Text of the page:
Hospital administrators are expressing frustration with Medicare’s Recovery Audit Contractor program, and many may not be prepared for the upcoming audits.
This became especially clear at the National Medicare RAC Summit in March, as provider representatives criticized the RACs charged with reviewing Medicare claims in search of overpayments.
Lynn Grieves, the chief compliance officer for MemorialCare Medical Centers in southern California, questioned the motives of the RACs.
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"The RACs are for-profit organizations," Grieves said. "They are going to do what they can to maximize their profits."
Administrators like Grieves don't think too highly of the four regional recovery audit contractors that will review provider claims, as RACs are paid based on the amount of overpayments they uncover.
Grieves, whose healthcare system participated in the Medicare RAC Demonstration Project, says RACs have an incentive to identify overpayments, even if they are questionable.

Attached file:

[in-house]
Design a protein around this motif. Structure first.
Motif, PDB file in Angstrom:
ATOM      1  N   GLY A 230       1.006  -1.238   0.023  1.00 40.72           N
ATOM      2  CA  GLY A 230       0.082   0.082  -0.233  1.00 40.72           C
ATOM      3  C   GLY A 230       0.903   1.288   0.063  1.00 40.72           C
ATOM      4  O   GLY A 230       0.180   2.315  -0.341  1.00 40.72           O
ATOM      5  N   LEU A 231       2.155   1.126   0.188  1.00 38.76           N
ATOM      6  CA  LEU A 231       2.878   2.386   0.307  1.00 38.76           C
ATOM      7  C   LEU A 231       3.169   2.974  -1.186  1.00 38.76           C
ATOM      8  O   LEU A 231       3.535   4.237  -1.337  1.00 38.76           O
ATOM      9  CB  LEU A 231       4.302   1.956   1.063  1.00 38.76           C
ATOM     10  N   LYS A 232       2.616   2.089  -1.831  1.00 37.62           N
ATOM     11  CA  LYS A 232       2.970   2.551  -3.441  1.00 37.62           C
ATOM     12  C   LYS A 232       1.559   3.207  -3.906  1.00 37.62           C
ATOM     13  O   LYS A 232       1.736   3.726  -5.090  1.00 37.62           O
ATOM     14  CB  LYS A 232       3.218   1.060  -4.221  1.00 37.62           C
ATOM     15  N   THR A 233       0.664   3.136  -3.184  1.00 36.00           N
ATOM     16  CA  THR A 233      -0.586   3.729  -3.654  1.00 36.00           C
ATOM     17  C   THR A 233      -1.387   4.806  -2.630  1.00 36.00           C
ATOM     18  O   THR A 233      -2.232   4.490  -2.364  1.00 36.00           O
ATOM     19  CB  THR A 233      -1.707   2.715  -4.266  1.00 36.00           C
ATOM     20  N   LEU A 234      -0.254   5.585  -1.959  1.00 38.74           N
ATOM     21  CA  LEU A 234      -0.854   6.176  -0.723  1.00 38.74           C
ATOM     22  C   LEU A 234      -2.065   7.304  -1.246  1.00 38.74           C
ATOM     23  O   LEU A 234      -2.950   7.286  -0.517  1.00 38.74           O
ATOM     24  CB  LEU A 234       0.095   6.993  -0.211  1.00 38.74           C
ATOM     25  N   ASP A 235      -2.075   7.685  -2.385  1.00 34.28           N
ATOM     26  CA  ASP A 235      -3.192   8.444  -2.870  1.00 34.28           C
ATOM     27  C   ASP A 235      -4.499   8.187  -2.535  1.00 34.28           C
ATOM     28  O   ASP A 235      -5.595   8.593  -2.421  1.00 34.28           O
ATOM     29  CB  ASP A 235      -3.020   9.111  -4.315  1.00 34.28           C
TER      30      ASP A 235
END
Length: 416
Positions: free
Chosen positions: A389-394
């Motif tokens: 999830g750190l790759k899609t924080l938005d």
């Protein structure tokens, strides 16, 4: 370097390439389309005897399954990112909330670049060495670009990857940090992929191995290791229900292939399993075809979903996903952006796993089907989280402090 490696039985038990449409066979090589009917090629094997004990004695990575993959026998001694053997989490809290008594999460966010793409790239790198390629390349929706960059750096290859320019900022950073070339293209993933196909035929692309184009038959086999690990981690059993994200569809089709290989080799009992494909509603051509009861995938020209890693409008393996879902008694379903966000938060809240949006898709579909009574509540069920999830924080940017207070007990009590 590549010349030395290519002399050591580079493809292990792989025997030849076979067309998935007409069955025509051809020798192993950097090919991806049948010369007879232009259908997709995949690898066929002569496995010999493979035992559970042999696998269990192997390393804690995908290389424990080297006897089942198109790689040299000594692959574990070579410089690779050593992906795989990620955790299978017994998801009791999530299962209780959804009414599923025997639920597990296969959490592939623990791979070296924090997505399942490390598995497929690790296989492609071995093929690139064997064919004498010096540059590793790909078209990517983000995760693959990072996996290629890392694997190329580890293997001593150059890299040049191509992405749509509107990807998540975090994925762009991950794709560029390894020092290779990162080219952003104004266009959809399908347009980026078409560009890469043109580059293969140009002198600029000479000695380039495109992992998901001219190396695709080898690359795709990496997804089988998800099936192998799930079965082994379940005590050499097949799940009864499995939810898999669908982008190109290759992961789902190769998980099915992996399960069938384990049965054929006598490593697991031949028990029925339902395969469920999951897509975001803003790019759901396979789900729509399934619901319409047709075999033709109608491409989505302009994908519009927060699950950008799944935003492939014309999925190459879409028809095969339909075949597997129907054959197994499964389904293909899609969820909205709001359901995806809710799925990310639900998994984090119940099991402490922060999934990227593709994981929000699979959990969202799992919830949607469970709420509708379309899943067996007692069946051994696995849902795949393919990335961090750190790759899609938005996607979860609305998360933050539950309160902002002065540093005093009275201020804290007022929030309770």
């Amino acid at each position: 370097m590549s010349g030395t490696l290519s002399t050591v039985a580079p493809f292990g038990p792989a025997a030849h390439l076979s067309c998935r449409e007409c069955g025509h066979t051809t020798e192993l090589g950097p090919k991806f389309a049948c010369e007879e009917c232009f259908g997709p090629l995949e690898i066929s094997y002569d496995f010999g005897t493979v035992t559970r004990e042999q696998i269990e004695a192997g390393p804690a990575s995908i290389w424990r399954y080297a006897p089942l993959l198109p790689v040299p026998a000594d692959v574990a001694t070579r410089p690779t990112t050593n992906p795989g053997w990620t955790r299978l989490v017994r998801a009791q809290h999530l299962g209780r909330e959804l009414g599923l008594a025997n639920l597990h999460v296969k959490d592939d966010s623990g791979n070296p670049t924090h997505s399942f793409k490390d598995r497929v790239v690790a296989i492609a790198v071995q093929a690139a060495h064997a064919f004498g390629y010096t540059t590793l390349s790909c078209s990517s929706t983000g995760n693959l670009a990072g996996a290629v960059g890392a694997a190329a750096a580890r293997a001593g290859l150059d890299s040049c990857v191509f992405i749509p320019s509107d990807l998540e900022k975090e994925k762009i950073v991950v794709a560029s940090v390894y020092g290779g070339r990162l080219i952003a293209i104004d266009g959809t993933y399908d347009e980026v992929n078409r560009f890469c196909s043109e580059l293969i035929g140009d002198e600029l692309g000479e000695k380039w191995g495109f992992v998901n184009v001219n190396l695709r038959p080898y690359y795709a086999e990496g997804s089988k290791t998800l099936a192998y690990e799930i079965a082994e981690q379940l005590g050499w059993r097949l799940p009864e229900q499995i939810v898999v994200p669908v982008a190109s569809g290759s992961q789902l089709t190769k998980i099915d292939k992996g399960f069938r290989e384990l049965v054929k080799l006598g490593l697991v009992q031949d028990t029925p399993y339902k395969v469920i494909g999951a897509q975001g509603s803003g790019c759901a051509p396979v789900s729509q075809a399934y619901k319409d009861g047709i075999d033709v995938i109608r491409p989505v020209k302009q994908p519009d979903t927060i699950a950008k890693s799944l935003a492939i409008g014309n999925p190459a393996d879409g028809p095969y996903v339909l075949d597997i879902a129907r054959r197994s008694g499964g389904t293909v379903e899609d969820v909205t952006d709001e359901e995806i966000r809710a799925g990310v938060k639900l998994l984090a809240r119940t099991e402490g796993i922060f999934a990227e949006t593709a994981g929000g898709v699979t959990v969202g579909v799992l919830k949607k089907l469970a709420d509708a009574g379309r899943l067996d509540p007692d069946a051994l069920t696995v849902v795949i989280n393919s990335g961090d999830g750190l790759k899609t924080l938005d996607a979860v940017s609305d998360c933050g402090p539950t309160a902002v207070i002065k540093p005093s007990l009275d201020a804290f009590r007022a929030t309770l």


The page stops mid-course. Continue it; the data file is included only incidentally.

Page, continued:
Stewart Pressler, vice president for patient financial resources at the Greater New York Hospital Association, said he was convinced that acute care hospitals would be the primary targets of Medicare RAC audits, as "that's where the money is."
Karen Feeley, director of network patient financial services at Manhattan's NewYork-Presbyterian Hospital, agreed, and speculated that physician practices might have less cause to worry than hospitals, given her experience in the demonstration project.
Hospitals will feel the pain of RAC, she said, especially if they lack an information technology platform linking RAC and provider.
"Paper is a nightmare," she said.
Feeley added that NewYork-Presbyterian struggled with inpatient coding issues, outpatient billing guidelines and unanswered questions from the Centers for Medicare & Medicaid Services.
Shannon McGee, director of patient financial services at Florida Hospital in Orlando, Fla., said her experiences will do little to ease the mind of a hospital CFO.
Florida Hospital had 7,672 claims audited between 2006-2008. More than 3,000 of those claims (39.5 percent) were denied by the RAC.
To make matters worse, McGee said, the RAC appeal process is lengthy and frustrating.
The Medicare RAC process will roll out nationwide beginning January 1, 2010.